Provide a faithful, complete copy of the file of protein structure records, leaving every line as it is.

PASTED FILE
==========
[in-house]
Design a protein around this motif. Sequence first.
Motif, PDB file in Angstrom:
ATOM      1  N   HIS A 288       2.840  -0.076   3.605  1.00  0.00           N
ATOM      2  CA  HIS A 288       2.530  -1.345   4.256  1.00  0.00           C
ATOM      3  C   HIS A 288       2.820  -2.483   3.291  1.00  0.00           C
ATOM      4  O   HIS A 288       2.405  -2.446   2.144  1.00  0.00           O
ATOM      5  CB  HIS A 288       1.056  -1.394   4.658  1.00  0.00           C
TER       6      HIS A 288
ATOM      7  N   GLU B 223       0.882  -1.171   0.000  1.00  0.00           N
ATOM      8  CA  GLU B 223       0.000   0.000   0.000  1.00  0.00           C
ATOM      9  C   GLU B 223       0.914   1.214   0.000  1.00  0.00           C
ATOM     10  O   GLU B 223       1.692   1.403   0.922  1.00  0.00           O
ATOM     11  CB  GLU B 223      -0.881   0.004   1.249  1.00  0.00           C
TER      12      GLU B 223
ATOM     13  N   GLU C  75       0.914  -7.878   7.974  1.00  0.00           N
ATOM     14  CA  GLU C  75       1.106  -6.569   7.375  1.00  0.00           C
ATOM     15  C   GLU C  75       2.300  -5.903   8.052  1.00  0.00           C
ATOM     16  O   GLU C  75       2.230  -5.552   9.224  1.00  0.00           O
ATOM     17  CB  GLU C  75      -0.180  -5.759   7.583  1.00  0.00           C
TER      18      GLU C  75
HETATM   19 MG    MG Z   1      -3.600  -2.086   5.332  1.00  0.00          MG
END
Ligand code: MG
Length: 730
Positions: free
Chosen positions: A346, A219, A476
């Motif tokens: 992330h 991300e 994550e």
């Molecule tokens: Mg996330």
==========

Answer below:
[in-house]
Design a protein around this motif. Sequence first.
Motif, PDB file in Angstrom:
ATOM      1  N   HIS A 288       2.840  -0.076   3.605  1.00  0.00           N
ATOM      2  CA  HIS A 288       2.530  -1.345   4.256  1.00  0.00           C
ATOM      3  C   HIS A 288       2.820  -2.483   3.291  1.00  0.00           C
ATOM      4  O   HIS A 288       2.405  -2.446   2.144  1.00  0.00           O
ATOM      5  CB  HIS A 288       1.056  -1.394   4.658  1.00  0.00           C
TER       6      HIS A 288
ATOM      7  N   GLU B 223       0.882  -1.171   0.000  1.00  0.00           N
ATOM      8  CA  GLU B 223       0.000   0.000   0.000  1.00  0.00           C
ATOM      9  C   GLU B 223       0.914   1.214   0.000  1.00  0.00           C
ATOM     10  O   GLU B 223       1.692   1.403   0.922  1.00  0.00           O
ATOM     11  CB  GLU B 223      -0.881   0.004   1.249  1.00  0.00           C
TER      12      GLU B 223
ATOM     13  N   GLU C  75       0.914  -7.878   7.974  1.00  0.00           N
ATOM     14  CA  GLU C  75       1.106  -6.569   7.375  1.00  0.00           C
ATOM     15  C   GLU C  75       2.300  -5.903   8.052  1.00  0.00           C
ATOM     16  O   GLU C  75       2.230  -5.552   9.224  1.00  0.00           O
ATOM     17  CB  GLU C  75      -0.180  -5.759   7.583  1.00  0.00           C
TER      18      GLU C  75
HETATM   19 MG    MG Z   1      -3.600  -2.086   5.332  1.00  0.00          MG
END
Ligand code: MG
Length: 730
Positions: free
Chosen positions: A346, A219, A476
């Motif tokens: 992330h 991300e 994550e």
């Molecule tokens: Mg996330």